Update: It seems people are finding this post looking for how to change their double click settings.
- Open nautilus (click Places -> Home folder)
- Edit the nautilus preferences (click Edit->Preferences
- On the behaviour tab, click “single click”
Most operating systems (Microsoft Windows, GNOME) default to double clicking on some things and single clicking on others. Usually the rule goes ‘double click on the desktop, and the file manager and single click everywhere else’. However this rule is broken in varying places, in Windows for example, launching apps from the notification area could require either single or double clicking depending on the application. Do most people understand the distinction between things on the desktop and file manager, and everything else? Icons on the menu/launcher bar vs icons on the desktop?
Double clicking as an action also frequently takes a long time to explain to computer newbies, some of who can’t double click at first (or at least not fast enough), it takes a short time to get the action just right. It’s also harder than single clicking for some older, or disabled people. It also feels clunky when double clicking on a laptop ‘mouse key’, and frequently when double clicking by pressing the laptop touchpad, I’ll slightly miss, the cursor will slide up to the top left, and I won’t have double clicked anything. With single clicking you only have to get that aim right once.
One interesting question is should all applications respect your single vs double clicking preferences, for example should clicking on someones name in your instant messaging application open up a conversation window with them? Should clicking on a sound file in your music player start playing a song? Predictably I’d say yes in both places, but I imagine people having more difficulty adapting to this than changing the click model on the desktop or in the file manager.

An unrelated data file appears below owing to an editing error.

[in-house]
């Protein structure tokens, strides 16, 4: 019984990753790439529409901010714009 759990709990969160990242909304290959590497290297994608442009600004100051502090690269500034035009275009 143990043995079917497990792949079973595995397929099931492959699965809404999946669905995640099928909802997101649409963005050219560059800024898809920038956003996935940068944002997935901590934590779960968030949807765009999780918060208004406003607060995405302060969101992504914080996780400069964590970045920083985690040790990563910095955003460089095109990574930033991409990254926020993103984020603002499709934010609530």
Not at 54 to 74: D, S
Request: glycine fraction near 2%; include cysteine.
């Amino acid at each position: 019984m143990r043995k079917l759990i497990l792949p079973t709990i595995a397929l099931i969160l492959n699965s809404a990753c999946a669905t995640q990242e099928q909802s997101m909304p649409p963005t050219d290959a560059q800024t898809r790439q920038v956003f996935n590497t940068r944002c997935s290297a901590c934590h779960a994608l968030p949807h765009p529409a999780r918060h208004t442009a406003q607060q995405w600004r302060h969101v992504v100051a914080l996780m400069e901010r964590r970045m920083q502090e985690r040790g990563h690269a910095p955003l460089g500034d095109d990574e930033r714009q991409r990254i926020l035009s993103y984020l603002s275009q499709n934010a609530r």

When talking to people about double click and single click the most commonly cited disadvantage of single clicking is accidentally opening things when they mean to select them. The actual act of selecting is the same as it is with double clicking, in all cases except for when you’re just selecting one icon. The only thing useful to do with something once you’ve selected it is to move it, so as long as you’re capable of grabbing an icon and moving it smoothly, without your finger coming off of the mouse button you’re ok. Though the same people who consistently have problems with this are probably the same people who have problems with double clicking. I’m not sure what can be done to improve the single click and move action, but people move around quick launch icons and the like all the time, so it’s a problem that should be looked at anyway.
To get a fully single click desktop is a long piece of work, for one thing many applications today assume that you want to double click, and they will need work to fix them, which may or may not be viable. In my day to day computing I think that only one application – muine – my music player, is broke – it uses single click as select a song and double click to play. Another thing is that I imagine there’s reams of documentation that say ‘double click’. Many people also are set in their ways of double clicking and are reluctant to change. Perhaps the way to initiate change is to reverse the situation we currently have and by default set the desktop to single click with a preference to change to double.
One (small) part of the desktop market already exclusively uses single click – the touch screen users.
I think using a single click desktop will definitely make computing slightly easier for any new people and also easier for anyone who can lose their ‘double click instinct’, particularly for laptop users. So why don’t you try it?
My mum is still double clicking links on the web, she can’t be the only one.